Fiber Internet Service in Golfito,
Costa Rica with Itellum
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Golfito: It is part of the Brunca region, more specifically it is in the so-called South Zone. In the canton of Golfito is located the commercial free warehouse of Golfito, where you can buy appliances and other products free of taxes. Here, Itellum provides the BEST Internet services available, beating all competition for quality, reliability, speed and price.
More about Fiber Internet and Golfito Costa Rica
From the arrival of Ponce de León in 1519 until today spans over 500 years of history. and now The preservation of Golfitos past has been made possible using superior internet as a major tool. Prior to this the area was inhabited by the indigenous people from the Bruncas. Fast forward to 1874, when Costa Ricans began colonizing the area. Its development is linked to the opening of the South Inter-American Highway and mainly to the cultivation of bananas and the arrival of the Compañía Bananera, (United Fruit Company). The 1930s saw a shift from the Caribbean coast to the South Pacific region due to depletion of soil, blight, and labor problems and Golfito was a “natural” port.
The Compañía Bananera developed separate neighborhoods in Golfito, where some lived with a high lifestyle, trying to imitate American styles, while other barrios were more humble, maintaining the tastes of Costa Ricans, and they were full of grocery stores and a variety of shops. Large farms set the prices for the produce and governed the train and ship schedules to their advantage which the smaller producers were obligated to adhere to. The “banana era” met with the same destruction that it did on the Atlantic coast and production decreases leaving the population out of work.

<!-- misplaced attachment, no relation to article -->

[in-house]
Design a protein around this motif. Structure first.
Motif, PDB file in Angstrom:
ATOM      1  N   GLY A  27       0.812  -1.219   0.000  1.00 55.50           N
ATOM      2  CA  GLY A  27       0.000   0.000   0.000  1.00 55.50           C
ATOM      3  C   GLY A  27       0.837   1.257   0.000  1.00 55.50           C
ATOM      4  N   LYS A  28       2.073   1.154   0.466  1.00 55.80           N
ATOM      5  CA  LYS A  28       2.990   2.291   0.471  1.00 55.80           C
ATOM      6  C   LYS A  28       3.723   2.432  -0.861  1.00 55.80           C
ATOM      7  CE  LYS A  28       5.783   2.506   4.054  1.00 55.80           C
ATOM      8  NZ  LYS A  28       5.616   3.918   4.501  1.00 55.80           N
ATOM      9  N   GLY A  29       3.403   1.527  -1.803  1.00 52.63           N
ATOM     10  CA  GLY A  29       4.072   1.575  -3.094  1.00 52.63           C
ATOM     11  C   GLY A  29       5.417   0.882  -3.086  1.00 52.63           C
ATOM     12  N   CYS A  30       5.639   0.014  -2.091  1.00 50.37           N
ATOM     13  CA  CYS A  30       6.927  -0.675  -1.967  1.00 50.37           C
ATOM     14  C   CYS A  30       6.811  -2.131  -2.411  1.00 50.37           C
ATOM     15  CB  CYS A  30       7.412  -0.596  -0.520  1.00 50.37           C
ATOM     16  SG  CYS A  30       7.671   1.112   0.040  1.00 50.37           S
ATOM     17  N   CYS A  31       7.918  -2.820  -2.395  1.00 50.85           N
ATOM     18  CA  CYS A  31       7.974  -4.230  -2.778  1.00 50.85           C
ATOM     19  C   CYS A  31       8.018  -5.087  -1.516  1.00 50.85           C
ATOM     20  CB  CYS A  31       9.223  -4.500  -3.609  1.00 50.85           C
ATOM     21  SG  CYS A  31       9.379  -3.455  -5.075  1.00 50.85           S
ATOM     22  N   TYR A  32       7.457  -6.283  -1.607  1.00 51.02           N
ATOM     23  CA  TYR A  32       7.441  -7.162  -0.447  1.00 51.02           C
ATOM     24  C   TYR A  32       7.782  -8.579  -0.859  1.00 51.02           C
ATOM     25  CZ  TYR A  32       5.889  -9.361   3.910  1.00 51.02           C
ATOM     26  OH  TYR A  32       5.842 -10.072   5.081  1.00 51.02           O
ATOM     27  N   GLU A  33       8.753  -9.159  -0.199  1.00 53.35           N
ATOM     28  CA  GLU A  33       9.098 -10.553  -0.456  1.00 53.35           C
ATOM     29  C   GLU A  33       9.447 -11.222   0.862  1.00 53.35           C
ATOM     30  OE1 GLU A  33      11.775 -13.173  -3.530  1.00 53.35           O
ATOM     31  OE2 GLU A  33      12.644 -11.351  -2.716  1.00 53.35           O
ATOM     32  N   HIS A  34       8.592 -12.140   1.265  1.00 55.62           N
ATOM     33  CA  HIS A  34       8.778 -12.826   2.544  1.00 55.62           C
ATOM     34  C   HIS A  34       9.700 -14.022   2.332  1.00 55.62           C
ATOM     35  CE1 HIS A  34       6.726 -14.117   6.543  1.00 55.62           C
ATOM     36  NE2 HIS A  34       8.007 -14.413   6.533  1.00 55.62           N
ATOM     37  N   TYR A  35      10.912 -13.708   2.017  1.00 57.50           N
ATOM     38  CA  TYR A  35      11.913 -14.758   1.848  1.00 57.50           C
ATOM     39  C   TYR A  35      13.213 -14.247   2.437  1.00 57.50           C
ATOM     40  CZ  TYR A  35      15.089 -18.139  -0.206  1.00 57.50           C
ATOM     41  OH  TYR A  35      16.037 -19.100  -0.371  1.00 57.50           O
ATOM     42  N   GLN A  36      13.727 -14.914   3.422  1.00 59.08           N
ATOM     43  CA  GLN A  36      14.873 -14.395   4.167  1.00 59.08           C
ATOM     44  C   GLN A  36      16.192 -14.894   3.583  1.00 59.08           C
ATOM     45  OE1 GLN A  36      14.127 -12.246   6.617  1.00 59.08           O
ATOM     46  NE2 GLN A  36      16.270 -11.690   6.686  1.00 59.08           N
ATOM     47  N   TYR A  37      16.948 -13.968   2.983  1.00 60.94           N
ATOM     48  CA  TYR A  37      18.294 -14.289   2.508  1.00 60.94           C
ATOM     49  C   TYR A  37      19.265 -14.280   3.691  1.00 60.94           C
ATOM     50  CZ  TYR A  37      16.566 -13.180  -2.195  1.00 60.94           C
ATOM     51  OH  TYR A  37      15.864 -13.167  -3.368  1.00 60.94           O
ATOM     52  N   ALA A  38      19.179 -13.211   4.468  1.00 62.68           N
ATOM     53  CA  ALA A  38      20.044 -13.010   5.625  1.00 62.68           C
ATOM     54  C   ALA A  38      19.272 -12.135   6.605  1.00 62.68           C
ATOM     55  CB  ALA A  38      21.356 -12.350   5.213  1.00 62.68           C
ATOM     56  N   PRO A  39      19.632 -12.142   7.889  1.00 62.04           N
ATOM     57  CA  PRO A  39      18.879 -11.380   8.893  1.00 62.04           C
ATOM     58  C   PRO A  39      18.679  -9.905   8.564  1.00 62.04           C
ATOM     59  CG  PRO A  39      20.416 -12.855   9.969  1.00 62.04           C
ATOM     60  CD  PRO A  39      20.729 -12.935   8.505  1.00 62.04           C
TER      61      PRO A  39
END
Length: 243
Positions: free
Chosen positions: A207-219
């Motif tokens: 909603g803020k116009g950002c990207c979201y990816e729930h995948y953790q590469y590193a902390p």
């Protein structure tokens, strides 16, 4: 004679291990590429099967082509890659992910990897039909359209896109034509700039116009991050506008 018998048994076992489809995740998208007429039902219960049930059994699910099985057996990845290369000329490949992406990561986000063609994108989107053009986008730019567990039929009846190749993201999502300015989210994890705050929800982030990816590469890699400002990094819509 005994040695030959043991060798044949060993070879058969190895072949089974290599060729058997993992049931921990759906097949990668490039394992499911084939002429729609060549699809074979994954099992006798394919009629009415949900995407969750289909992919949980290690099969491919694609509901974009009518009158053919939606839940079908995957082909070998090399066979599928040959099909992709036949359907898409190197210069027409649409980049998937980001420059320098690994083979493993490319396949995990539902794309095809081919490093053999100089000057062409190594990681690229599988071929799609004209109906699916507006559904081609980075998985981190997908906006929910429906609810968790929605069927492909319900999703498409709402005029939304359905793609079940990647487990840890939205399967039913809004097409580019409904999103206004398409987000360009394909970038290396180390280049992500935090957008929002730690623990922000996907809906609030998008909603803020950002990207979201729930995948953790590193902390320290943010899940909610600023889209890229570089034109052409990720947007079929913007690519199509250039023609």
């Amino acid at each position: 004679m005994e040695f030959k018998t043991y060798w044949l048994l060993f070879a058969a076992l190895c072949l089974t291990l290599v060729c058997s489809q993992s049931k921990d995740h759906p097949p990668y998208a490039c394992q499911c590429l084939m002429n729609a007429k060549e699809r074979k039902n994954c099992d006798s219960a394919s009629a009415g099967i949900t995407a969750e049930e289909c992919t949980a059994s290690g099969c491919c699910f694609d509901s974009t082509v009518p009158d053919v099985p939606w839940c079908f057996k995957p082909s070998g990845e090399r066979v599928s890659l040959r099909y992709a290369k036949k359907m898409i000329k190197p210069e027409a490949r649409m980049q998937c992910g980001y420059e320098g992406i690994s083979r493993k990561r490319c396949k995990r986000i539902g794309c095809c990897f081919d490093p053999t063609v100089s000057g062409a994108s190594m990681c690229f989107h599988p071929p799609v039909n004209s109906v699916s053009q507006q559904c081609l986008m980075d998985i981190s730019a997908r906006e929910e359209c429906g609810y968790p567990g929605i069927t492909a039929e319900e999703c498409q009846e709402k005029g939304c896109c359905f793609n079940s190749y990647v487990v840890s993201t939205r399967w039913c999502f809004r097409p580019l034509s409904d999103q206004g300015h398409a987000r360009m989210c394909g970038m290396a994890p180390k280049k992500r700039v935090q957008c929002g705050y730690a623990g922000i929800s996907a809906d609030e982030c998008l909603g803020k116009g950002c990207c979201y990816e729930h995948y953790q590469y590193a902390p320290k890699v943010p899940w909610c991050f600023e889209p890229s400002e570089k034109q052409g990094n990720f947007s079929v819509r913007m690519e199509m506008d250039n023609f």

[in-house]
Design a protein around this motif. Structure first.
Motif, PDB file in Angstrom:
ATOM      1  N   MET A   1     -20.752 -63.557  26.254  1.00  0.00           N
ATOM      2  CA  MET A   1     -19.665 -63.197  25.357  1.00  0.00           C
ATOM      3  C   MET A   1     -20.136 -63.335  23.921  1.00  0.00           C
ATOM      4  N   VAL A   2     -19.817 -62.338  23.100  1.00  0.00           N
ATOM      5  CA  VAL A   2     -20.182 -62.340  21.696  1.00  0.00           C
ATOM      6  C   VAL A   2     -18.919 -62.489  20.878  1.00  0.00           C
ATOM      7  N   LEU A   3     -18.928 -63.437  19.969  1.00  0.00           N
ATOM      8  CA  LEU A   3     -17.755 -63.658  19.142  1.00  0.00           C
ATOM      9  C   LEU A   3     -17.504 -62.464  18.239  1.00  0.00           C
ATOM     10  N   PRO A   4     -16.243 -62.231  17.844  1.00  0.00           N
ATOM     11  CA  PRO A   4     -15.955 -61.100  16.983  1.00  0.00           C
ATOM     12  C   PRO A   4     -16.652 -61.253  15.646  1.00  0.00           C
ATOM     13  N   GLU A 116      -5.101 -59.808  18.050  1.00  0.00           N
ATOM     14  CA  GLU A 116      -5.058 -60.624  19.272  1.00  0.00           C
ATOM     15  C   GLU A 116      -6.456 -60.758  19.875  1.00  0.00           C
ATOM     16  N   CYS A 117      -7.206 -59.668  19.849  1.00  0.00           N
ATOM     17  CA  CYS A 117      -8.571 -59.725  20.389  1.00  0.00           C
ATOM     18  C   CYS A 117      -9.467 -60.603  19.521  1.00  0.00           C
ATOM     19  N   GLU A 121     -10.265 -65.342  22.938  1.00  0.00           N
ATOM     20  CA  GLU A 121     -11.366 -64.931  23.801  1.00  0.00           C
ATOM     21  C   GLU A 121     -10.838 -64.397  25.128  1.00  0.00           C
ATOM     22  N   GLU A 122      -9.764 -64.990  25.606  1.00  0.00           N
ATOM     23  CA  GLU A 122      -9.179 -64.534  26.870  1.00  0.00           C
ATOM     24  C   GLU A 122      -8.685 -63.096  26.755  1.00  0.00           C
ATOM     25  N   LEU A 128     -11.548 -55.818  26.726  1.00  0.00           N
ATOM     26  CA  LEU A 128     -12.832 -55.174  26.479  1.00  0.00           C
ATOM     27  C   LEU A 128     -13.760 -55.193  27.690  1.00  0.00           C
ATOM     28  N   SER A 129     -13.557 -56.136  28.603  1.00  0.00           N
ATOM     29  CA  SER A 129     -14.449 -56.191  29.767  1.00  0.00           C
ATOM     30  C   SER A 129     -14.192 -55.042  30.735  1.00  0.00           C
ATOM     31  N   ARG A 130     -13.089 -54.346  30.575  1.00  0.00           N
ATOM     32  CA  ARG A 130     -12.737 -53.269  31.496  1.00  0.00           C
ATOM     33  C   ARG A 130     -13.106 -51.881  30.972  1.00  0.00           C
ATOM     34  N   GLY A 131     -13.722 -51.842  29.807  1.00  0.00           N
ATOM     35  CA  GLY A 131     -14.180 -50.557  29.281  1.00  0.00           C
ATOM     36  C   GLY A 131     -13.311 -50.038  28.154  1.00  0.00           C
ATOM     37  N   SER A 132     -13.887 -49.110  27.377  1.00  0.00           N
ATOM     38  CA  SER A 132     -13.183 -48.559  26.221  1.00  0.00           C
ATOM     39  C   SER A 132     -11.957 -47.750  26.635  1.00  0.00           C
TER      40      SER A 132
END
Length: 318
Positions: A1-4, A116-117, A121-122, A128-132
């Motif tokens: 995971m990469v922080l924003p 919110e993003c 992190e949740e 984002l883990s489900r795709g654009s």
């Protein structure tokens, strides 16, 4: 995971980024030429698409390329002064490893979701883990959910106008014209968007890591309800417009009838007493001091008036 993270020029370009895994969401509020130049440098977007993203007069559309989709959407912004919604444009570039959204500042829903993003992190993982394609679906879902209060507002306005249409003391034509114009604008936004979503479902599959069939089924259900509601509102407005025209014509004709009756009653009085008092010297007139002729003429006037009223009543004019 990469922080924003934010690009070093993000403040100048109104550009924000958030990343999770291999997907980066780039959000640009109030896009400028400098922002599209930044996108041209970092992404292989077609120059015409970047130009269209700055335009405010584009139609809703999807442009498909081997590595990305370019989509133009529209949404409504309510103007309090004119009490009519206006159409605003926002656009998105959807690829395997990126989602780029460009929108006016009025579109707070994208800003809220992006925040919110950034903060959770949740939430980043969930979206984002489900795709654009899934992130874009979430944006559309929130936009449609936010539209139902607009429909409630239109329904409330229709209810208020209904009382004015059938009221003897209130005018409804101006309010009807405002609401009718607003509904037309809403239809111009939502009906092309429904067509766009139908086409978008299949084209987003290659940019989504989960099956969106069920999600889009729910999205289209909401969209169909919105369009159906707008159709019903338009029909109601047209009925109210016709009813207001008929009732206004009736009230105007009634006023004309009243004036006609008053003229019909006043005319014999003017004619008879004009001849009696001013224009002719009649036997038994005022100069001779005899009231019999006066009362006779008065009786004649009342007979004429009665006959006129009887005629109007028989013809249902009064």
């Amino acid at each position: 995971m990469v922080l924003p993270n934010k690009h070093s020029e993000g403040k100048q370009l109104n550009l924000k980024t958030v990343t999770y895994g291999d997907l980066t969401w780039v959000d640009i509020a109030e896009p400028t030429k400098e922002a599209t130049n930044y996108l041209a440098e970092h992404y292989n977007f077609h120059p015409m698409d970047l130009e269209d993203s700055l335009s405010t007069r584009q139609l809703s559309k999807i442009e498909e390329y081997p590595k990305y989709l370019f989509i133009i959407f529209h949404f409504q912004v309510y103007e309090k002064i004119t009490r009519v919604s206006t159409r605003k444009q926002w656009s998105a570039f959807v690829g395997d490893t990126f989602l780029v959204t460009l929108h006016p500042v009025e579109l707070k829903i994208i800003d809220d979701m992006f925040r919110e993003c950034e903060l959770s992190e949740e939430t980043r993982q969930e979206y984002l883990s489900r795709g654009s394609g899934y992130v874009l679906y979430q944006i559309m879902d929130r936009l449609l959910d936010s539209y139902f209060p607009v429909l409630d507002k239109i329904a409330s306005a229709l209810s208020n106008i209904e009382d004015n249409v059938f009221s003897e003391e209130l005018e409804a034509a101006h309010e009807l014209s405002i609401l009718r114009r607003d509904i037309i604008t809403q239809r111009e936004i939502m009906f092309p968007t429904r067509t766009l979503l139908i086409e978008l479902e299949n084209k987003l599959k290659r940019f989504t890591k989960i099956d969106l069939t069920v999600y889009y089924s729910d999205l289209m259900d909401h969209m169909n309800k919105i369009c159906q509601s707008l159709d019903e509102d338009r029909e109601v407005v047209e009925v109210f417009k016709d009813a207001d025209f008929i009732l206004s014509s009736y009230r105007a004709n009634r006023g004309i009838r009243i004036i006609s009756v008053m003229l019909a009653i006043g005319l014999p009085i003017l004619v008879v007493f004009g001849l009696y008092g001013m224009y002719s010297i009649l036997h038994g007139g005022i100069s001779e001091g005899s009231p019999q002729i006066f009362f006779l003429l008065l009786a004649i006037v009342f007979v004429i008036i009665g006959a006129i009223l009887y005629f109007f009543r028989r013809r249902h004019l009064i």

Golfito is a bayside town surrounded by lush green mountains, the remote beaches of the Golfo Dulce, and numerous estuaries plentiful with a stunning array of wildlife. Boutique-style marinas with their quaint wooden architecture line the coast and are a colorful contrast to the forested mountain backdrop. It’s almost like a scene from Jimmy Buffet’s Margaritaville! Much of the region is under the jurisdiction of MINAE, the Ministry of Environment, Energy and Telecommunications. The Golfito Wildlife Refuge protects forested and beach areas surrounding Golfito which has some of the most plentiful rain in the world at 150 - 200 inches annually. The park does not have any public facilities, although it does have a system hiking trails which allow you to reach vantage points to view the scenic landscape below. The abundant sea and land wildlife make it a perfect destination for naturalists and eco-travelers. Piedras Blancas National Park borders the refuge. As an eco-destination, it has some unique accommodations nearby; Playa Cativa Lodge, La Gamboa Rainforest Lodge Esquinas Rainforest Lodge, Treetop Camping, and Forrest Lodge and even some only accessible by boat such as Saladero Lodge.